America’s military veterans are experiencing a healthcare crisis. This may seem strange, considering that we have an entire service committed to caring for veterans – Veterans Affairs – yet too many struggle to access appropriate treatment, a situation that’s equally true regarding both physical and mental health. However, when we consider the many barriers that keep veterans from taking advantage of these services, just how badly our system is failing becomes obvious.
One of the major reasons why veterans don’t take advantage of VA healthcare services is location. Though there are over 1200 VA healthcare centers, especially in rural areas, they may be too far from where our veterans live for them to reach them easily. Furthermore, since veterans in rural areas are typically older and less educated than their urban counterparts, they are also the least equipped to navigate the system. They’re also more likely to be in failing health, making it difficult for them to travel to these facilities.
Lack Of Trauma-Informed Care
Another common healthcare issue that veterans face is a lack of trauma-informed care. Though trauma-informed care is most commonly discussed in mental health, when treating veterans, it should serve as an important consideration regardless of the specialty. For example, many veterans require physical rehabilitation services due to injuries sustained during war, but due to PTSD, they may struggle to participate in treatment.
One strategy that could make rehabilitation services more accessible to veterans who don’t have access to VA-based services could be using video recording software to train physical therapists in appropriate strategies for treating veterans. Doctors in locations far from VA programs might also use video conferencing to collaborate with specialist providers so that they can better support their patients.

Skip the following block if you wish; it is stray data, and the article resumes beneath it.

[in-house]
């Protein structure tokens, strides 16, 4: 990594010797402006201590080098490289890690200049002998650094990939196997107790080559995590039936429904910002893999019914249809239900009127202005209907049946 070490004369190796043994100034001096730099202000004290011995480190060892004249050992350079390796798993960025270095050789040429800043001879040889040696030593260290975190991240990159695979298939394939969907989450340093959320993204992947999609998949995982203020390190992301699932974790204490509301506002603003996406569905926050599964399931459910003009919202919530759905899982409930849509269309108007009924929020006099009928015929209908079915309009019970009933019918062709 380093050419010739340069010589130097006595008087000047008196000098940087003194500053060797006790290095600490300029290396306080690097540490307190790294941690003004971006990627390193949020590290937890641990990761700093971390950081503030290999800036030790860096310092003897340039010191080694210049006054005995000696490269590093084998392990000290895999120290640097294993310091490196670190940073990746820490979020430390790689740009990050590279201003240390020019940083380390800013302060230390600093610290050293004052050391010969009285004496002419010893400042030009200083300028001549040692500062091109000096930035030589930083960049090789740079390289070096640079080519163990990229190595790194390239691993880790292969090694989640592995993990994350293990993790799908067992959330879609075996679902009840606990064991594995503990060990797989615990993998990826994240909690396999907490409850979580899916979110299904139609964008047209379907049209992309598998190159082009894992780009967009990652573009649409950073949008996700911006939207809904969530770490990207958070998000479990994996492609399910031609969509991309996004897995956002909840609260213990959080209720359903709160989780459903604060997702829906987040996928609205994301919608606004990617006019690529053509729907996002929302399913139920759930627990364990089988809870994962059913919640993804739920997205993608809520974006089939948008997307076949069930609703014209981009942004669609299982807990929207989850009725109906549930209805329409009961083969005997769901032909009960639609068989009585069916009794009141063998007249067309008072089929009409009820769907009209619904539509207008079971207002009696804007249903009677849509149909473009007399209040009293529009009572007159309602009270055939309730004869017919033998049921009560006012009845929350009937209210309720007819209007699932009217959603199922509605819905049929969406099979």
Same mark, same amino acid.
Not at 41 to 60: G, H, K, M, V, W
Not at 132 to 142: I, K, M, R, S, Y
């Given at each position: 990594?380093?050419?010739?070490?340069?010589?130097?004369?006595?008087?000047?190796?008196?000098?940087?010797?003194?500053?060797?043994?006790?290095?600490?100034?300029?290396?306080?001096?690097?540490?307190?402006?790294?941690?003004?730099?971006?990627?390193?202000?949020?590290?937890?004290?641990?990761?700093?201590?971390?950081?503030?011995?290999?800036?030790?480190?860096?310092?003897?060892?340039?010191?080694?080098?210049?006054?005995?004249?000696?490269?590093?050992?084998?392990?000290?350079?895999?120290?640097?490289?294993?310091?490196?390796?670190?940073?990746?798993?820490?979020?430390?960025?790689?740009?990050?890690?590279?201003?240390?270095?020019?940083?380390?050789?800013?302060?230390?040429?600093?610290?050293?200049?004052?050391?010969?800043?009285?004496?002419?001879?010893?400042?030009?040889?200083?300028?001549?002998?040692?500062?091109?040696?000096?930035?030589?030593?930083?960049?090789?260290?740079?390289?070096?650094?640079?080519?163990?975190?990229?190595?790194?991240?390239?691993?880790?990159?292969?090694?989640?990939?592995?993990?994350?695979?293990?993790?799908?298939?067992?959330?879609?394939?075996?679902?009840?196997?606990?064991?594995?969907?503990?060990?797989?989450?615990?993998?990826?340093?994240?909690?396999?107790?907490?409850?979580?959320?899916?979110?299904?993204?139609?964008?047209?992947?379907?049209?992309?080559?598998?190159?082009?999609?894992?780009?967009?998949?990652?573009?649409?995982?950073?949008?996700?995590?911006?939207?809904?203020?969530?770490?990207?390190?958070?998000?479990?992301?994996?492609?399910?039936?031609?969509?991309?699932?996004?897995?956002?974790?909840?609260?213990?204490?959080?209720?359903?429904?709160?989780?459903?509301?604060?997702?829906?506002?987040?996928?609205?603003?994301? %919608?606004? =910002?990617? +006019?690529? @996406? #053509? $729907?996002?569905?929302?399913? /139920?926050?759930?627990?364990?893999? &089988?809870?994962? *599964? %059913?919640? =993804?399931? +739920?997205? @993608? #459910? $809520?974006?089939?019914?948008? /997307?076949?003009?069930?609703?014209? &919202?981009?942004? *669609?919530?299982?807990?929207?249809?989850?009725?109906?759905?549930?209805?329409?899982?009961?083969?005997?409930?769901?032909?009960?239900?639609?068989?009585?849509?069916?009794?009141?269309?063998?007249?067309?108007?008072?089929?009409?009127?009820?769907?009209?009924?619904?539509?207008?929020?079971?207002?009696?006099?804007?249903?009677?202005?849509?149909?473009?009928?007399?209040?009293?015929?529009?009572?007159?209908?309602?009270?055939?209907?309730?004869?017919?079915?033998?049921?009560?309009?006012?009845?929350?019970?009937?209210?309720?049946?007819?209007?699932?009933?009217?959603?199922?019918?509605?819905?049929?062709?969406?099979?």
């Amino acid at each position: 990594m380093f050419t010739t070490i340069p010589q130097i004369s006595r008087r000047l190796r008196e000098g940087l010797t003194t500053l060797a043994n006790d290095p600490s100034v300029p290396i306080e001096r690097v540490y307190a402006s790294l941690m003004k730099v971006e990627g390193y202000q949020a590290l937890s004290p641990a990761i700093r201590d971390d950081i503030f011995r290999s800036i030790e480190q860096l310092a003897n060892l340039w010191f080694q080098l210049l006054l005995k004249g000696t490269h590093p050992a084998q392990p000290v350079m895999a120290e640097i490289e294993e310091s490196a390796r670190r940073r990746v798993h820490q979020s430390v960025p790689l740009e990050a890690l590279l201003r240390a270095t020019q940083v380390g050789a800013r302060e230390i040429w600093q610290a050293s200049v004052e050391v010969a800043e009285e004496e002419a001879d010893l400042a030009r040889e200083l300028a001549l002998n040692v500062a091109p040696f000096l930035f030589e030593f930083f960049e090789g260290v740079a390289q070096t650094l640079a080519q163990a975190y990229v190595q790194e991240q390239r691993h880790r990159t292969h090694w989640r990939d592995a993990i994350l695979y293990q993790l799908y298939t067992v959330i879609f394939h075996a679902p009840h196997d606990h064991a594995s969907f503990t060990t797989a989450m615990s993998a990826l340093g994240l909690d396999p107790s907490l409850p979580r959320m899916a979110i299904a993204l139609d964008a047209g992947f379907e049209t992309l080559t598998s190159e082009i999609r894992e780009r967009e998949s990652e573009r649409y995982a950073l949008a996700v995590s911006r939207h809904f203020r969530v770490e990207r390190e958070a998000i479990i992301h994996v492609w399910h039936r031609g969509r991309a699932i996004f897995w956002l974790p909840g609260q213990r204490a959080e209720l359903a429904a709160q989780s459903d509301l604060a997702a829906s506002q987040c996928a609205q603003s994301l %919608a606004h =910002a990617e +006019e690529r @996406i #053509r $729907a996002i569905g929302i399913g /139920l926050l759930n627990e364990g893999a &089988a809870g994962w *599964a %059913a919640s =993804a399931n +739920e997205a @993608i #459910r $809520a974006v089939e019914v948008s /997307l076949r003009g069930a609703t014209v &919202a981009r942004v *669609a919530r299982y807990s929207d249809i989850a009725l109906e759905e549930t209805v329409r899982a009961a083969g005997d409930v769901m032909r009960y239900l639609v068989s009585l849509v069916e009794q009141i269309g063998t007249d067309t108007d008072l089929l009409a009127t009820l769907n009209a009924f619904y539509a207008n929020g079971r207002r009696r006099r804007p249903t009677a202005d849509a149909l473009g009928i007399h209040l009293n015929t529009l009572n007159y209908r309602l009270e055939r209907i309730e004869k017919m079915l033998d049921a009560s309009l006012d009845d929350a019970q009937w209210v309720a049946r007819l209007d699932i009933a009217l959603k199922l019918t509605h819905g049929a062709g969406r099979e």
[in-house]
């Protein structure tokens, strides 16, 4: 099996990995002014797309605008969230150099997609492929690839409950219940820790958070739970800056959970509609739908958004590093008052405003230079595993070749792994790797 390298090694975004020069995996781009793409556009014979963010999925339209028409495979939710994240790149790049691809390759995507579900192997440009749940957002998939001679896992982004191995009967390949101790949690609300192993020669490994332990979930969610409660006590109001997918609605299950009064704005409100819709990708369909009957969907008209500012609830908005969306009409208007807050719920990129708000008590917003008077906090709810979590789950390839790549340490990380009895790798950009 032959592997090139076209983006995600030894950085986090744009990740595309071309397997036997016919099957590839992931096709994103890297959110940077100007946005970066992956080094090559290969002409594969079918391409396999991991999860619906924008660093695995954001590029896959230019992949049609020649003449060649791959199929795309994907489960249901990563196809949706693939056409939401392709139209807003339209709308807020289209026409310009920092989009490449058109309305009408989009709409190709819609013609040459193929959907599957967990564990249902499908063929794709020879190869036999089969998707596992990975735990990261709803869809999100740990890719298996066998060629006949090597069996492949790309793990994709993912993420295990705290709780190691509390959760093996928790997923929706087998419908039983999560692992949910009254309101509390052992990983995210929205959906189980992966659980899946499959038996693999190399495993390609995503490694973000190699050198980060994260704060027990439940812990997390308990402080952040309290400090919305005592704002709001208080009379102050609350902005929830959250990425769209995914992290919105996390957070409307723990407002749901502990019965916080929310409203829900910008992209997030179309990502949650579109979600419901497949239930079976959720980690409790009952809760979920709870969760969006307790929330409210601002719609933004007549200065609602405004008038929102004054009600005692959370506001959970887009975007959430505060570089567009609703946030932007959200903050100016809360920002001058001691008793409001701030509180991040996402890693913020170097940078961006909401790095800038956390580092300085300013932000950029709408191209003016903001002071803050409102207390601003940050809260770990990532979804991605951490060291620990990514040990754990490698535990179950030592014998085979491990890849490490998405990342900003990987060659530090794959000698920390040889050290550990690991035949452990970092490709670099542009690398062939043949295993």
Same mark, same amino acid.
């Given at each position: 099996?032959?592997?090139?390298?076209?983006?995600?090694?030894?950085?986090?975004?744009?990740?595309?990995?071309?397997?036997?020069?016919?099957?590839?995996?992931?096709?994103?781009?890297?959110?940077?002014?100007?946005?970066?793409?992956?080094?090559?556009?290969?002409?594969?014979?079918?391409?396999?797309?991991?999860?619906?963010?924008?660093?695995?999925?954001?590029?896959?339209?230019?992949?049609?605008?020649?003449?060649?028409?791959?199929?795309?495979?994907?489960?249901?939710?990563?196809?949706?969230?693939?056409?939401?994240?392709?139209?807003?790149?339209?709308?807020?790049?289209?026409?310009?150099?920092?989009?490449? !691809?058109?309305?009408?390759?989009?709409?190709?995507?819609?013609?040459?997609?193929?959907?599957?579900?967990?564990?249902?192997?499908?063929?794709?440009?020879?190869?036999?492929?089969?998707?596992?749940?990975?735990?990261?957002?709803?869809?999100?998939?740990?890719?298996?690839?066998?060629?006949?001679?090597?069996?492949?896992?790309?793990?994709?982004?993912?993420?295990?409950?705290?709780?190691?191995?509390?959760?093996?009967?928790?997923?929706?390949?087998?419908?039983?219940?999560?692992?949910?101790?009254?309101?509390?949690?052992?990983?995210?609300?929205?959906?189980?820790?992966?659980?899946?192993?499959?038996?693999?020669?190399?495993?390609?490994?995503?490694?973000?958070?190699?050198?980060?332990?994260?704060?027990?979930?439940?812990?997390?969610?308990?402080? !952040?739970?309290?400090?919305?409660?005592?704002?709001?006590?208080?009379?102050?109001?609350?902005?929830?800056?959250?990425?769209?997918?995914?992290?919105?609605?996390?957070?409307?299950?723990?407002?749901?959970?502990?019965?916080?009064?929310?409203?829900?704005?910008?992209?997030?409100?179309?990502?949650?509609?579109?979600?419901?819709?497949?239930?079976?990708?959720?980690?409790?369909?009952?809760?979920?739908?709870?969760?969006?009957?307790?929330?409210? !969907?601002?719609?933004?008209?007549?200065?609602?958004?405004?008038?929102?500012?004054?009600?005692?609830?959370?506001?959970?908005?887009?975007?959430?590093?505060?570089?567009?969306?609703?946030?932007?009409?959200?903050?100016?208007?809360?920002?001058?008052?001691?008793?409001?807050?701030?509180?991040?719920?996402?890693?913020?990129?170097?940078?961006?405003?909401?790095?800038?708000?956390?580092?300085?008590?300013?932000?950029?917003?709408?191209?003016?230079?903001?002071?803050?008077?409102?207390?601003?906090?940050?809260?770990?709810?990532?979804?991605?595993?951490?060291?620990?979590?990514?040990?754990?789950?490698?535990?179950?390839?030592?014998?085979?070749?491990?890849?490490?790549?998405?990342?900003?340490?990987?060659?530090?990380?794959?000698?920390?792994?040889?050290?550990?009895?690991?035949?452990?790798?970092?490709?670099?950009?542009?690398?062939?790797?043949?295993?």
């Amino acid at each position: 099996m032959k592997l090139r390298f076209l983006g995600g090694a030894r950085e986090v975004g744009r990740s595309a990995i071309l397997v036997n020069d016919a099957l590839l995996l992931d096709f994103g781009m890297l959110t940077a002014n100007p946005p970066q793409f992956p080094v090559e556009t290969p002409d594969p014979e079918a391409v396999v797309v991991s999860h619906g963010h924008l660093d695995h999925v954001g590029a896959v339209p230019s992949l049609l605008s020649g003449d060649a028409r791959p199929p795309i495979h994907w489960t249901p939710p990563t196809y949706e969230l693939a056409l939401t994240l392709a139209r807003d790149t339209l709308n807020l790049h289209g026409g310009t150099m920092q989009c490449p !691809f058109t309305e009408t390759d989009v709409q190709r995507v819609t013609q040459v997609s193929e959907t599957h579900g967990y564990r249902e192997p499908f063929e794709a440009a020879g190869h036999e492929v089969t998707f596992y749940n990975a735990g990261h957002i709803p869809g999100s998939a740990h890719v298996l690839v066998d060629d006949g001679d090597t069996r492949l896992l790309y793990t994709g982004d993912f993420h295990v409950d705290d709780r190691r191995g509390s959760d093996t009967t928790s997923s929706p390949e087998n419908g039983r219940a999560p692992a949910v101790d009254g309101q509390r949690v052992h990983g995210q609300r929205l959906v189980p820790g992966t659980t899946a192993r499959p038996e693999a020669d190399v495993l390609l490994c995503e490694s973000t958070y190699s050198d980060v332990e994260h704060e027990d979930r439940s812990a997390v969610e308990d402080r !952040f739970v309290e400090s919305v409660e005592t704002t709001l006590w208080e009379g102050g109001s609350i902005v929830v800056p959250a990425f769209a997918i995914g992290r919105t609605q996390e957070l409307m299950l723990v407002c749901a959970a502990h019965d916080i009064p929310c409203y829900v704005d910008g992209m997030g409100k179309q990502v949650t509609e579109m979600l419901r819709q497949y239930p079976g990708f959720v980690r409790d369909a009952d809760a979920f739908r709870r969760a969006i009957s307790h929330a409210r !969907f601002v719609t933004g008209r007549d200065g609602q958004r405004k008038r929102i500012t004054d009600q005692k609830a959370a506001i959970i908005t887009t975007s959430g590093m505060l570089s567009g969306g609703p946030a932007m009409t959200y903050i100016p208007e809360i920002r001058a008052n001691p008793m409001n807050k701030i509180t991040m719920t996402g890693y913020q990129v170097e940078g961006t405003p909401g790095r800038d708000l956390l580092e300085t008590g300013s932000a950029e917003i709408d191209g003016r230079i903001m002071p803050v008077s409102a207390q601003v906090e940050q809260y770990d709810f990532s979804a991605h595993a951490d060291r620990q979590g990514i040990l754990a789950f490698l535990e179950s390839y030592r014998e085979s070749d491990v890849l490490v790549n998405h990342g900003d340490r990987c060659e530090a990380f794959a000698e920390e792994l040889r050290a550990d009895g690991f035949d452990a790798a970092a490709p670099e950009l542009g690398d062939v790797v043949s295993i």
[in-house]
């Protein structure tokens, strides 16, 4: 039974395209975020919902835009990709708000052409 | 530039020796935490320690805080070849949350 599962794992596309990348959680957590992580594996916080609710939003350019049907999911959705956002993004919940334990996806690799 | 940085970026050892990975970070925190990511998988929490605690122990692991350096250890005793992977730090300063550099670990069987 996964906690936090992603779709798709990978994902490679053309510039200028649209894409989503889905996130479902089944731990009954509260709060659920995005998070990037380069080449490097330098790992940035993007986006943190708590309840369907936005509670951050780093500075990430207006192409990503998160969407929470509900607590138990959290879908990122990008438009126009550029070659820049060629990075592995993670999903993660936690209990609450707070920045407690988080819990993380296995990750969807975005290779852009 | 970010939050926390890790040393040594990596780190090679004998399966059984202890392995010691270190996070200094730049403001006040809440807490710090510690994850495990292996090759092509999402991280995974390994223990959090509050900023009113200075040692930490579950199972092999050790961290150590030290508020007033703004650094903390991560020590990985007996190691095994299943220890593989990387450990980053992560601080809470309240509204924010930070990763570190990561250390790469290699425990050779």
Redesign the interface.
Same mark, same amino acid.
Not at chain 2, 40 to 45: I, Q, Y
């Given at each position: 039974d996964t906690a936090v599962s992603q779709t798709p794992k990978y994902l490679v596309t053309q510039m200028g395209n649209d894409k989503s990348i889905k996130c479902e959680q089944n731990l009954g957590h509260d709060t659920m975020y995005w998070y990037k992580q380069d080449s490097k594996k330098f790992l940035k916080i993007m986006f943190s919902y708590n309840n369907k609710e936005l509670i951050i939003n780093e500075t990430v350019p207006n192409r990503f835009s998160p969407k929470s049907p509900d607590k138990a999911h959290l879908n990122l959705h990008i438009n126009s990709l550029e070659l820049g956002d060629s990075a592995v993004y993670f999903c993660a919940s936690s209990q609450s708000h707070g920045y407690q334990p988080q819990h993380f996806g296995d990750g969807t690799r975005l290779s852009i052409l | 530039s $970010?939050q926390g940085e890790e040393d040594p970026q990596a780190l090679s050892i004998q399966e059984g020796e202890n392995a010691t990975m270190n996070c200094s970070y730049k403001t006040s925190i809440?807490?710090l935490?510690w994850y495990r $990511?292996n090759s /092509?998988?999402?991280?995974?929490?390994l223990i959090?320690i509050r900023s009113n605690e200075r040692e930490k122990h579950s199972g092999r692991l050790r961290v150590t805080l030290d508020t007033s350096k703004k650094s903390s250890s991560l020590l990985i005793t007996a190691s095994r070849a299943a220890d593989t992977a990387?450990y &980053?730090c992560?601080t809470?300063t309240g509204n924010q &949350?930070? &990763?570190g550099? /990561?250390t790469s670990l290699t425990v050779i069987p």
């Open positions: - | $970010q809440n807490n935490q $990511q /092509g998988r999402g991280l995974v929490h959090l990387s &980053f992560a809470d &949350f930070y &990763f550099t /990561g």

Though most people recognize that a large portion of soldiers have PTSD and there is growing awareness of the lasting impact of traumatic brain injuries from IED explosions, one commonly overlooked health problem among vets is hearing loss, but it shouldn’t come as a surprise. Guns, bombs, helicopters, and other military equipment is loud and frequent exposure to such noise levels can damage an individual’s hearing with just a few exposures. For those who have spent years in a war zone, hearing can be severely compromised. This can make communication challenging and could discourage veterans from attending doctors’ appointments because they are embarrassed and frustrated by this.
Doctors can mitigate the effects of hearing loss on patient attendance and compliance by offering multiple communication strategies, including writing and sign language, regularly screening military veterans for hearing loss, and by simply addressing hearing issues head-on. It’s easy for veterans to assume they’re alone in their struggles, but when doctors discuss these problems and connect patients with community services and support groups, it can help lift an invisible weight.
We can’t end the healthcare crisis among veterans overnight, but there are changes we can make at both the systemic and individual level that can help patients get the care they deserve. Our veterans put their lives on the line, and they deserve to be cared for no matter the challenges.